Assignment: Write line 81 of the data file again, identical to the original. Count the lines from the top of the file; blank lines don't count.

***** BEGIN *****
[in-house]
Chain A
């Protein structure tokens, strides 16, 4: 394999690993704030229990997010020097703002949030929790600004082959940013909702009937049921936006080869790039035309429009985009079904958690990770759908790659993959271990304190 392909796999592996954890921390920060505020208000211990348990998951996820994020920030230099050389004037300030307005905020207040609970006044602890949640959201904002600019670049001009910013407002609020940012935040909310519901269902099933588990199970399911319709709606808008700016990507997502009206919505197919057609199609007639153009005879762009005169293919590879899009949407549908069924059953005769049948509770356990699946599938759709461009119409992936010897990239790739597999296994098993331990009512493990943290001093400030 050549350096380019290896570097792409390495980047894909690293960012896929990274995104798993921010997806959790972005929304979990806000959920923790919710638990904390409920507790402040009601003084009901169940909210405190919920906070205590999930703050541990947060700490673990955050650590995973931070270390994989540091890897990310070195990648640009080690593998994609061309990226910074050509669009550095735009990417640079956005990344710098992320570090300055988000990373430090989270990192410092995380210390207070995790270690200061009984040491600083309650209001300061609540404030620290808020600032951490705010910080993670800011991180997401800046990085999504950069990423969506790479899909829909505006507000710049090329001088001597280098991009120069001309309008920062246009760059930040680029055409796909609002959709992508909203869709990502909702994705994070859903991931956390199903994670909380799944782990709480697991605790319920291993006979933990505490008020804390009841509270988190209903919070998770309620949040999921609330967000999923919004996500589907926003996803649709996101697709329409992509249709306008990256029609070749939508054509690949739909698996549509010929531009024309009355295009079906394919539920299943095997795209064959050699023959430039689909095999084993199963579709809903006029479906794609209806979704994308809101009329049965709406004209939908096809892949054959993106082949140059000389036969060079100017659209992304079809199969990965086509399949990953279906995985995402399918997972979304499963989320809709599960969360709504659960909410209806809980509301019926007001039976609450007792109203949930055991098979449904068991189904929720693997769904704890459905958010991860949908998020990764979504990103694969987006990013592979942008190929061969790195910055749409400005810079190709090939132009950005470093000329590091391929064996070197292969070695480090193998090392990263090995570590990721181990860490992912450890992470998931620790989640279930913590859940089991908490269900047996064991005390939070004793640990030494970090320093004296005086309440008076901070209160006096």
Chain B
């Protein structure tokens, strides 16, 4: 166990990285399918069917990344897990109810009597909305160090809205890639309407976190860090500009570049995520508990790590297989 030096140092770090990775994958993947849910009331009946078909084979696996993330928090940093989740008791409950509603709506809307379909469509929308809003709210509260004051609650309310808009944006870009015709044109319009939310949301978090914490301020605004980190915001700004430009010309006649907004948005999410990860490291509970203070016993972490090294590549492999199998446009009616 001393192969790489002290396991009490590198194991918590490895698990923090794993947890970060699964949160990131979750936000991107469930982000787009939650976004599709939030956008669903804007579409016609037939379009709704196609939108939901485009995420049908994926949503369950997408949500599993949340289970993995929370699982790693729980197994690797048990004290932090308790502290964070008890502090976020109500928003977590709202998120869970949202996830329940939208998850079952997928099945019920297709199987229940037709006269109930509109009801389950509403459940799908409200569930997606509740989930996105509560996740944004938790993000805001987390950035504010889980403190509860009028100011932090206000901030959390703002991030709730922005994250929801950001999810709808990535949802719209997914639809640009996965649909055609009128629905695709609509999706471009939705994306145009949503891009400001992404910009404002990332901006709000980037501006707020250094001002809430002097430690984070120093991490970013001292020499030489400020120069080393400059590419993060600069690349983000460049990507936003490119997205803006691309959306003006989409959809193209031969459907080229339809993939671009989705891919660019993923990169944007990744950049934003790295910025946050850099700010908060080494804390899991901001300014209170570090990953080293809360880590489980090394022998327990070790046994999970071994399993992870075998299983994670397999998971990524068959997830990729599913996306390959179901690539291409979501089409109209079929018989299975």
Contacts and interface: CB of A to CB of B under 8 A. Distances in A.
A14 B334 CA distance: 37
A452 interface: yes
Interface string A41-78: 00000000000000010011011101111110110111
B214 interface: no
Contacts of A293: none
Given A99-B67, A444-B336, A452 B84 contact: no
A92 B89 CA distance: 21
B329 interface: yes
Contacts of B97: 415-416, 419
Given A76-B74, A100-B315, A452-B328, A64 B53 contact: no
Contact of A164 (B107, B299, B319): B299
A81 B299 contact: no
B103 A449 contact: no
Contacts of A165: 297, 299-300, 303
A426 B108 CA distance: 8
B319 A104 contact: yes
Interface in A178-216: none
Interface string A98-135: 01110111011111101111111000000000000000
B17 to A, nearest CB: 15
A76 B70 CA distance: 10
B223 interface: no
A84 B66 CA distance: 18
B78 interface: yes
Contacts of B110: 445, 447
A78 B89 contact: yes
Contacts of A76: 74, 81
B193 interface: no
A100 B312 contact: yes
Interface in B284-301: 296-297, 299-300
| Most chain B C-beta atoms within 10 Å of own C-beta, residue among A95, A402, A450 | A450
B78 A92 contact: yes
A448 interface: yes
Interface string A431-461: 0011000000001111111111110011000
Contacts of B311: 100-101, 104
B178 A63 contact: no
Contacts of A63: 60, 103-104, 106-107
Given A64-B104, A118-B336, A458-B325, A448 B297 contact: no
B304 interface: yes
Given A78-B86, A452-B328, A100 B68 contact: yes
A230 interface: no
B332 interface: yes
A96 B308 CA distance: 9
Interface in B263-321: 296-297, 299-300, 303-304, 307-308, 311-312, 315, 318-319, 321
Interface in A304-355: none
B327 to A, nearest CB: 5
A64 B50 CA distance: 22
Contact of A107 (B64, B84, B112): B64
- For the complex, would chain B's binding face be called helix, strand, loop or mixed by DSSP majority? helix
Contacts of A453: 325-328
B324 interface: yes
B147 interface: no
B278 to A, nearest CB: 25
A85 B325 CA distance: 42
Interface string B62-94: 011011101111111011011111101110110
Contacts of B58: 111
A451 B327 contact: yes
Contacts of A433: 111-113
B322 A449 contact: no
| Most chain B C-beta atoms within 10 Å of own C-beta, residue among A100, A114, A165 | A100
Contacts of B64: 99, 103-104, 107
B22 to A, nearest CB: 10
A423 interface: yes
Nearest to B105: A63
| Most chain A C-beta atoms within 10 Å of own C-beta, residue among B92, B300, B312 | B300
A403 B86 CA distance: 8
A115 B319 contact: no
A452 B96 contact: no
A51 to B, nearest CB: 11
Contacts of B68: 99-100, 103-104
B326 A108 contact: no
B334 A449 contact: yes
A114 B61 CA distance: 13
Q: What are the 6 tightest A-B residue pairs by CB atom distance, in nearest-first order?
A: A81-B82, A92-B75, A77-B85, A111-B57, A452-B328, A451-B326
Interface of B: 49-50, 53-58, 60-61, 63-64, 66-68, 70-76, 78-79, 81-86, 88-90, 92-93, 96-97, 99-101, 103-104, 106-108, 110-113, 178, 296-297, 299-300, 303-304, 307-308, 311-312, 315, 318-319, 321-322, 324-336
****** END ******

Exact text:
Interface of B: 49-50, 53-58, 60-61, 63-64, 66-68, 70-76, 78-79, 81-86, 88-90, 92-93, 96-97, 99-101, 103-104, 106-108, 110-113, 178, 296-297, 299-300, 303-304, 307-308, 311-312, 315, 318-319, 321-322, 324-336